Lines. Suggested By A Picture of the Adoration of the Magicians
Alternate Title: Little Pomp or Earthly State
Author: Richard Chenevix Trench (1807-1886)
“Few have left behind them a more stainless, a more loveable, a more enviable memory. He was sweetness and light embodied.” A. B. G. in John Julian, The Dictionary of Hymnology (1892-1907)
Source: Richard Chenevix Trench, The Story of Justin Martyr: Sabbation and Other Poems. A New Edition. (London: Edward Moxon, 1844), pp. 118-121. First edition was 1835.
Little pomp or earthly
On his lowly steps might wait ;
Few the homages and small,
That the guilty earth at all
Was permitted to accord
To her King and hidden Lord :
Therefore do we set more store
On these few, and prize them more :
Dear to us for this account
Is the glory of the Mount,
When bright beams of light did spring
Through the sackcloth covering,
Rays of glory forced their way
Through the garment of decay,
With which, as with a cloak, He had
His divinest splendour clad :
Dear the lavish ointment shed
On his feet and sacred head ;
And the high-raised hopes sublime,
And the triumph of the time,
When through Zion's streets the way
Of her peaceful conqueror lay,
Who, fulfilling ancient fame,
Meek and with salvation came.
But of all this scanty
That upon his steps might wait,
Dearest are these Magian Kings,
With their far-brought offerings.
From what region of the morn
Are ye come, thus travel-worn,
With those boxes pearl-embossed,
Caskets rare and gifts of cost ?
While your swart attendants wait
At the stable's outer gate,
And the camels lift their head
High above the lowly shed ;
Or are seen a long-drawn train,
Winding down into the plain,
From beyond the light-blue line
Of the hills in distance fine.
Dear for your own sake, whence are ye?
Dearer for the mystery
That is round you ? — on what skies
Gazing, saw you first arise
Through the darkness that clear star
Which has marshalled you so far,
Even unto this strawy tent,
Dancing up the Orient ? *
Shall we name you Kings indeed,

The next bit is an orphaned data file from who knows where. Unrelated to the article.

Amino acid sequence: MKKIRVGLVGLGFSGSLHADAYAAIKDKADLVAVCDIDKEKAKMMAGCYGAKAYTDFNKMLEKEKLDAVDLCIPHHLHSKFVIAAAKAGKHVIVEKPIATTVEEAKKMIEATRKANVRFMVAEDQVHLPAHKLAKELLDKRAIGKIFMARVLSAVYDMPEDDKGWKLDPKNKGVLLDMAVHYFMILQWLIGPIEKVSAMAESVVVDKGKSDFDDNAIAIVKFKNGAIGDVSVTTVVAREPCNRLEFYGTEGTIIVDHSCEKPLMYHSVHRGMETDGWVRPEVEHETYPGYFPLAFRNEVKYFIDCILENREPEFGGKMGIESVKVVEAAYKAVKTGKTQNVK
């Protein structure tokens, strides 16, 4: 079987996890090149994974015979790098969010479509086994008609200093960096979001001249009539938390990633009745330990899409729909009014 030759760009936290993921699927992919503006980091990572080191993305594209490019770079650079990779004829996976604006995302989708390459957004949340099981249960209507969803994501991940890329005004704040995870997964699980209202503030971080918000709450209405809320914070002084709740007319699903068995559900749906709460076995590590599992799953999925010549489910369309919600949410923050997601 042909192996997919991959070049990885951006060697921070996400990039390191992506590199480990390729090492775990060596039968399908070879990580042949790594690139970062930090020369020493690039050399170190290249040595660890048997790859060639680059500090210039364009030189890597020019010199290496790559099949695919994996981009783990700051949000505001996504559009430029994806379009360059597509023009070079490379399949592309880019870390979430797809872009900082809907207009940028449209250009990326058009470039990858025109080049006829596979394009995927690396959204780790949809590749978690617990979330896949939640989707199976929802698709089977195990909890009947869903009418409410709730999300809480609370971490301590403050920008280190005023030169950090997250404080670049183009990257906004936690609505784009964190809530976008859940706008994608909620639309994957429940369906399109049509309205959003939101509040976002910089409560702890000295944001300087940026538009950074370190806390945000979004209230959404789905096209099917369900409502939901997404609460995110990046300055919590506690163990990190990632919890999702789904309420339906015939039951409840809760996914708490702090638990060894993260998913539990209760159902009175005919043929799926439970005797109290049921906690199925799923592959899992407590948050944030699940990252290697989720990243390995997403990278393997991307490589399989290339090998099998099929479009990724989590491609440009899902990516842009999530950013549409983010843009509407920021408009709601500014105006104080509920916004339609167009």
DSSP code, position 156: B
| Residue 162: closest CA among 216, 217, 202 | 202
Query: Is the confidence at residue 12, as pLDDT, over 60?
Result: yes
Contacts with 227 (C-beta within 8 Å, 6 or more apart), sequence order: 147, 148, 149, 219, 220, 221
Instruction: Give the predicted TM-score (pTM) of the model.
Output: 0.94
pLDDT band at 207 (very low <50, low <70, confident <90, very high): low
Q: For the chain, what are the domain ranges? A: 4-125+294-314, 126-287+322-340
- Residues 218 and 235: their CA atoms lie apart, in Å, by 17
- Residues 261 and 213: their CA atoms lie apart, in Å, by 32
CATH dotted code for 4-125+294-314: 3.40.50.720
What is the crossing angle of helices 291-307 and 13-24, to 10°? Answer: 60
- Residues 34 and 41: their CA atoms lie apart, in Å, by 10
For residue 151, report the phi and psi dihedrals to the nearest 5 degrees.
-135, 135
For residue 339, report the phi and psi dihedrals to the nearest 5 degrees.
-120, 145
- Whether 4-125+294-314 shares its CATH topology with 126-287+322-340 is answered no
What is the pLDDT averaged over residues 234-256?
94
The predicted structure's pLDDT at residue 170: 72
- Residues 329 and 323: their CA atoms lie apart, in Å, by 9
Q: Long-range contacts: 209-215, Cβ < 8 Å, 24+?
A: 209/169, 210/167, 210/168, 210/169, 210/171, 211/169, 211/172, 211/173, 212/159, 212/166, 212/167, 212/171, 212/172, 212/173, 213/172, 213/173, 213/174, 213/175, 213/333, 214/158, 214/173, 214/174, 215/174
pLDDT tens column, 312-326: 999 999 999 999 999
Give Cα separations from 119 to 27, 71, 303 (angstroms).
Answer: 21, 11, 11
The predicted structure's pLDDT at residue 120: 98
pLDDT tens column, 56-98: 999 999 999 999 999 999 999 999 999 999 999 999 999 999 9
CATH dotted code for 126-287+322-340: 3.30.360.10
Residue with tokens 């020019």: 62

Or is this an idle creed ? —
Kings of Seba, with the gold
And the incense long foretold ?
Would the Gentile world by you
First-fruits pay of tribute due ;
Or have Israel's scattered race,
From their unknown hiding-place,
Sent to claim their part and right
In the Child new-born to-night ?
But although we may
Of your lineage, not the less
We the self-same gifts would bring,
For a spiritual offering.
May the frankincense, in air
As it climbs, instruct our prayer,
That it ever upward tend,
Ever struggle to ascend,
Leaving earth, yet ere it go
Fragrance rich diffuse below.
As the myrrh is bitter-sweet,
So in us may such things meet,
As unto the mortal taste
Bitter seeming, yet at last
Shall to them who try be known
To have sweetness of their own —
Tears for sin, which sweeter far
han the world's mad laughters are ;
Desires, that in their dying give
Pain, but die that we may live.
And the gold from Araby —
Fitter symbol who could see
Of the love, which, thrice refined,
Love to God and to our kind,
Duly tendered, He will call
Choicest sacrifice of all ?
Thus so soon as, far
From the proud world, in our heart,
As in stable dark defiled,
There is born the Eternal Child,
May to Him the spirit's kings
Yield their choicest offerings ;
May Affections, Reason, Will
Wait upon Him to fulfil
His behests, and early pay
Homage to his natal day.
* A star comes dancing up the Orient,
That springs for joy over the strawy tent.
Also found in:
Poems by Richard Chenevix Trench. A New Edition. (London: Macmillan and Co., 1885), pp. 94-97.
The Book of Christmas Hymns (London: T. Nelson and Sons, 1868), pp. 35-39.
Not found in
Richard Chenevix Trench, The Story of Justin Martyr and Other Poems (London: Edward Moxon, 1835)
Richard Chenevix Trench, Sabbation; Honor Neale; and Other Poems (London: Edward Moxon, 1838).
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